No matter how well we work it out, cope with it, exercise it away, or even try to ignore it, we all feel how the accumulation of stress, trauma, and emotional turmoil affects us on multiple levels: muscle tension, headaches, jaw clenching, restless sleep, incessant thoughts, emotional blowups, feeling drained, distracted, shut down, or disconnected. A glass of wine or Netflix binge may be a welcome relief at the end of the week, but many of us are searching for more nourishing and fulfilling ways to unwind, replenish our energy, and reconnect with ourselves. Enter Yoga Nidra. Yoga Nidra bestows total relaxation from the wellspring of the inner self. Although Yoga Nidra, or “yogic sleep”, is commonly referred to as a relaxation practice, it is actually a state of being; Yoga Nidra is the level of consciousness underneath both the waking and dreaming states. The state of Yoga Nidra is most easily accessed by practicing a systematic rotation of self-awareness, awakening subtle energies that have been lying dormant within the body. Yoga Nidra is accessible to everybody and appropriate for everyone, regardless of age or state of health.
The term Yoga Nidra is mentioned in the ancient texts Devi Bhagavata, Hatha Yoga Pradipika, and Taravali. (However, it has been noted that in none of these references instruction or an in-depth explanation of the concepts are given.) The history and lineage of Yoga Nidra is said to have been preserved in writing by Bhagwan Sri Deep Narayan Mahaprabhuji and the knowledge passed on to his two main disciples, Swami Muktananda and Swami Sivananda. After their passing, Yoga Nidra was revived by modern notables Swami Satyananda Saraswati (founder of the Bihar School of Yoga) and Swami Rama (founder of the Himalayan Institute). From these origins, slightly different interpretations of the teachings and practices have emerged.
Yoga Nidra supports healthy function of the immune system, the endocrine system, the nervous system, the organs of the body, and improves quality of sleep. It works with both the conscious mind and the subconscious mind; we become more aware of how our thoughts, emotions, and experiences impact our well-being and we are able to connect with the precise locations where these thoughts, emotions, and experiences reside within our bodies.
Yoga Nidra creates a safe space to explore where trauma and emotions have been concealed, and to resolve those emotions without reconnecting with the stories or feeling overwhelmed by the intensity of reaction associated with the original traumatic experience. In this way, we experience a wholeness of self as Yoga Nidra heals and integrates pancha maya kosha (the five layers of the self/being): annamaya kosha (physical body), pranamaya kosha (energy body), manomaya kosha (mental body and sensory input), vijnanamaya kosha (wisdom body and sense of individual self), and anandamaya kosha (bliss body). Read more about the five layers of the self and how they give us the ability to interact in the world as both matter and spirit, in our Creation Center blog The Five Koshas.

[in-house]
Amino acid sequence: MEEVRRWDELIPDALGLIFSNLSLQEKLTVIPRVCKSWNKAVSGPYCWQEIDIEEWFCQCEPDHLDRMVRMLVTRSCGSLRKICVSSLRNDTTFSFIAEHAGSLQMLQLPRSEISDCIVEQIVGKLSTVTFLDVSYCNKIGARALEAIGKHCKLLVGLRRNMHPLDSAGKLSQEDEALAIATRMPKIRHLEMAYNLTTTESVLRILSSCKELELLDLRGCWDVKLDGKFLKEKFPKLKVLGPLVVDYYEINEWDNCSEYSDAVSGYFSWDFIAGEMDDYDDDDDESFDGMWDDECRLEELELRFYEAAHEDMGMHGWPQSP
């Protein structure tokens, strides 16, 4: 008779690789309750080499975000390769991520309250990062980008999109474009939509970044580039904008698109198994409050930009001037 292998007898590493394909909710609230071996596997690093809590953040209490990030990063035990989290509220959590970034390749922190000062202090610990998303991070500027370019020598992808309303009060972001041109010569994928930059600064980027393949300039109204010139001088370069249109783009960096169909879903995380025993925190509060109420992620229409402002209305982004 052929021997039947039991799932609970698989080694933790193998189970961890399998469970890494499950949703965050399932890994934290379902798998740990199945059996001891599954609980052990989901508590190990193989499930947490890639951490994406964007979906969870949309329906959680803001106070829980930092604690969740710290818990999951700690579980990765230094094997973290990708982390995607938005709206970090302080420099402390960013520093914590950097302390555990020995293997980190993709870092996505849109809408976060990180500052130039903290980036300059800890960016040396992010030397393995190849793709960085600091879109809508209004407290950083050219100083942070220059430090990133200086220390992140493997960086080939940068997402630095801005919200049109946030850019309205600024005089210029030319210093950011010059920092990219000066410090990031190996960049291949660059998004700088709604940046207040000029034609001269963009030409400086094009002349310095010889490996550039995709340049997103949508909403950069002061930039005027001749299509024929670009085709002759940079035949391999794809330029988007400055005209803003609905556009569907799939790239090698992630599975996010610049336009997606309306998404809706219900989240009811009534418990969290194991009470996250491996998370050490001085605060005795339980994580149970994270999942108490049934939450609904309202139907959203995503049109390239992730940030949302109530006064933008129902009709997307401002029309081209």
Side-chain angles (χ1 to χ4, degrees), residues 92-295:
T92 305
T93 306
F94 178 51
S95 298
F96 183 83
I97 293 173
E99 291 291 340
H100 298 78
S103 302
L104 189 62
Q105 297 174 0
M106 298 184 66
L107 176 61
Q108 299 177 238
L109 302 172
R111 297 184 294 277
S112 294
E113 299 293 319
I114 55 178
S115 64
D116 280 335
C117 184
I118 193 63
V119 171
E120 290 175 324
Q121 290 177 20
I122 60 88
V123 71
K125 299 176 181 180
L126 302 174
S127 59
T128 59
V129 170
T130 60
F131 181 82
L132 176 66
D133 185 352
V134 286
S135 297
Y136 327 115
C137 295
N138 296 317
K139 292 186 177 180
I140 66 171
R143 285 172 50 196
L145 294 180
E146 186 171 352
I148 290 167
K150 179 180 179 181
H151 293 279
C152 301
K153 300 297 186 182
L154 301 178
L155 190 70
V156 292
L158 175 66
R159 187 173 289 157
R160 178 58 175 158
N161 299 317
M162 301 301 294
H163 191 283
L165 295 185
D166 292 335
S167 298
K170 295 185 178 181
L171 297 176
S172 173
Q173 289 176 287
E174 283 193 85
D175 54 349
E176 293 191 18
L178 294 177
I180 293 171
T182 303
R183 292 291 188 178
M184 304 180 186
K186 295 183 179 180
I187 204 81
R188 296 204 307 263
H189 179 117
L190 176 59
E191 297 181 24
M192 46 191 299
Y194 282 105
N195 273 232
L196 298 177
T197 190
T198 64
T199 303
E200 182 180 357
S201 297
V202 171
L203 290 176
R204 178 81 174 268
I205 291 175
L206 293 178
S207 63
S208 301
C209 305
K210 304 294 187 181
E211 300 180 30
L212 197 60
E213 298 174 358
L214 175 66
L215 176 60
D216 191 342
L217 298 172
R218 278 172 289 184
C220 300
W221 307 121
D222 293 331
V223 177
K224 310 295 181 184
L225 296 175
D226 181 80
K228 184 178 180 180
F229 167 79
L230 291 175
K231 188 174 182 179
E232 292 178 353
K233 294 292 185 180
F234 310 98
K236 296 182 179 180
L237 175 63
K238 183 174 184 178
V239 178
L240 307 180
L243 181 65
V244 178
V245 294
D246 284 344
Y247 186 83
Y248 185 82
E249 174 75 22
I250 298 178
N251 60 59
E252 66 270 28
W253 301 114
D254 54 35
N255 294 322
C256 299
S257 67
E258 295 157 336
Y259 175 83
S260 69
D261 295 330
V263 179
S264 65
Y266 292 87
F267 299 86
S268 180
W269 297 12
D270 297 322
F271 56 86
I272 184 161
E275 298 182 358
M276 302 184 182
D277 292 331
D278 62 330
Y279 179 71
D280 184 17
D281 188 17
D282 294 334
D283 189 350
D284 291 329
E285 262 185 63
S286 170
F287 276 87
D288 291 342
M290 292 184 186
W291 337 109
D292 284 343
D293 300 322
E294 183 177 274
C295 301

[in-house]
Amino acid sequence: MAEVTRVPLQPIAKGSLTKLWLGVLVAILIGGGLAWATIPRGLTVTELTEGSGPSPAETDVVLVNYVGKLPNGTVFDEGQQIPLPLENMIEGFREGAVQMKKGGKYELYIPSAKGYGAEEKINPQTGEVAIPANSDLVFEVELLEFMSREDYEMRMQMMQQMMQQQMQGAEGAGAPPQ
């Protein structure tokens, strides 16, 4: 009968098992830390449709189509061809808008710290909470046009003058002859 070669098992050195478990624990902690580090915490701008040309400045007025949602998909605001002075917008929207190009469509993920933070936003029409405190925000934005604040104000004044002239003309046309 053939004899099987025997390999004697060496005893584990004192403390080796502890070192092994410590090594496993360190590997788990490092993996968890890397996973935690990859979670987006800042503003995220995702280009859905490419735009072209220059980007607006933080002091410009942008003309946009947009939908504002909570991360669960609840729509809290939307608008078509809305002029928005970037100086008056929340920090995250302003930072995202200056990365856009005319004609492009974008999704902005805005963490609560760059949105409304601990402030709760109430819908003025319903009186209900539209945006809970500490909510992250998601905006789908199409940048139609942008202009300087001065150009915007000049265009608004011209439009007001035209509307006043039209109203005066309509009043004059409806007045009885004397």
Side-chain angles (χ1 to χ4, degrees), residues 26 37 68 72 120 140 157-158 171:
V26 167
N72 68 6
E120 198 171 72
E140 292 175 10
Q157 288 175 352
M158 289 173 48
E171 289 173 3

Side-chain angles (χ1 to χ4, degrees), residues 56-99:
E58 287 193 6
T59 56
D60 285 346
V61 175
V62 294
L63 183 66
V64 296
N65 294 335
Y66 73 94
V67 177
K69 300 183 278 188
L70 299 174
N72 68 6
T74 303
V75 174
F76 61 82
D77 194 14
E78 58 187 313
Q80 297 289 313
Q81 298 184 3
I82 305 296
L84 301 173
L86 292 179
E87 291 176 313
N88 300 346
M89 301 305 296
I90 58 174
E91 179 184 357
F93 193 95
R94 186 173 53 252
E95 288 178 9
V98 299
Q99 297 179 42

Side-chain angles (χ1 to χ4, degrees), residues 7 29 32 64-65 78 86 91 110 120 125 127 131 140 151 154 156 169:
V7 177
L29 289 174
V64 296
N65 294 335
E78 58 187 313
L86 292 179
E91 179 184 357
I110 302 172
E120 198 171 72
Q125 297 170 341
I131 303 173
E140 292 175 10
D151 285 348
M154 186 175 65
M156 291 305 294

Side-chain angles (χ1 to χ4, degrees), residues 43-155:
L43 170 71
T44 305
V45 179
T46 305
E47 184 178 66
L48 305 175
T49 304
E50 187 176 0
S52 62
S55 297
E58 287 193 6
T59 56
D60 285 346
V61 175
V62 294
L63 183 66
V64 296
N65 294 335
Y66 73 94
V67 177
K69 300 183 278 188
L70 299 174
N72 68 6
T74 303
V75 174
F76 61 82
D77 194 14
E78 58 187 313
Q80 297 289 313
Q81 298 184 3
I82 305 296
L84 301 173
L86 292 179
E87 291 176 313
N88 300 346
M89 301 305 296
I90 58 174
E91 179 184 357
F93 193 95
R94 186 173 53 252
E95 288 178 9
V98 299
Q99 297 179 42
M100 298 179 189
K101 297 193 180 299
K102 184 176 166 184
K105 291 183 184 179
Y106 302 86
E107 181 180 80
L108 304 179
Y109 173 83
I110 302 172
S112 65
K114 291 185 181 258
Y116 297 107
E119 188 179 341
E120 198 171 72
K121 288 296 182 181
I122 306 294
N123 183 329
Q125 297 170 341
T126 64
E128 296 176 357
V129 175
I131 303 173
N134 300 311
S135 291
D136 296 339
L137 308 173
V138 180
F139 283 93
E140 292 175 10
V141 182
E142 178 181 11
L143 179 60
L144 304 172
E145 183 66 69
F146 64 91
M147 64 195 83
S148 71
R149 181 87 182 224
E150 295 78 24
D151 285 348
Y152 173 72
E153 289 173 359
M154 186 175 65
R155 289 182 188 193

At the most subtle level, Yoga Nidra clears away the debris of samskaras from the mind and energy bodies. Samskaras can best be described as “grooves” in the psyche, deeply ingrained habits and patterns based on our preferences, that unconsciously drive our actions (otherwise referred to as our “karmas”). Over time, and through mindfulness, diligence, and practice, samskaras begin to weaken and lose their ability to control our actions through the forces of attraction and aversion. Yoga Nidra allows us to to know ourselves at a deeper, more intuitive level; we are able to begin identifying with our innate sense of being, instead of the transient thoughts and habits that temporarily inhabit the mind.
Finally, Yoga Nidra develops the ability to shift, at will, between Ida (lunar/feminine) and Pingala (solar/masculine) channels on left and right sides of body, as well as consciously moving between polarities (heavy/light) and contrasting states of being (cold/heat).
Wear loose, comfortable clothing and choose a quiet space where you will not be disturbed. Lie comfortably on your back and use pillows or props to support your head, neck, and behind the knees. Cover your body with a blanket, if needed. Make sure that your head, neck, and spine are aligned and that your arms and legs are in a comfortable position. Keep your eyes closed for the duration of the practice.
Sankalpa/Setting an Intention
You may choose to set a simple healing intention for the practice. You can set the intention on allowing yourself to heal from a psychical, mental and/or an emotional challenge you are experiencing. You can set the intention to have solutions come to you around how to move forward in your life and service. The intention is entirely up to you, there are more specific forms of the practice as well (see additional practices at the bottom of this article). Now begins the practice of Yoga Nidra.
Body Scan (approx 3-4 Minutes)
Breathe and Relax. Be aware of your body. Be aware of your whole body. Be aware of the stillness throughout your whole body.
Bring your attention to the Top of Head
Face - Neck - Throat
Shoulders - Arms - Hands - Fingertips
Return from Fingertips - Hands - Arms - Shoulders
Chest - Abdomen
Hips - Legs - Feet - Toes
Return from Toes - Feet - Legs - Hips
Abdomen - Chest
Shoulders - Arms - Hands - Fingertips
Return from Fingertips - Hands - Arms - Shoulders
Throat - Neck - Face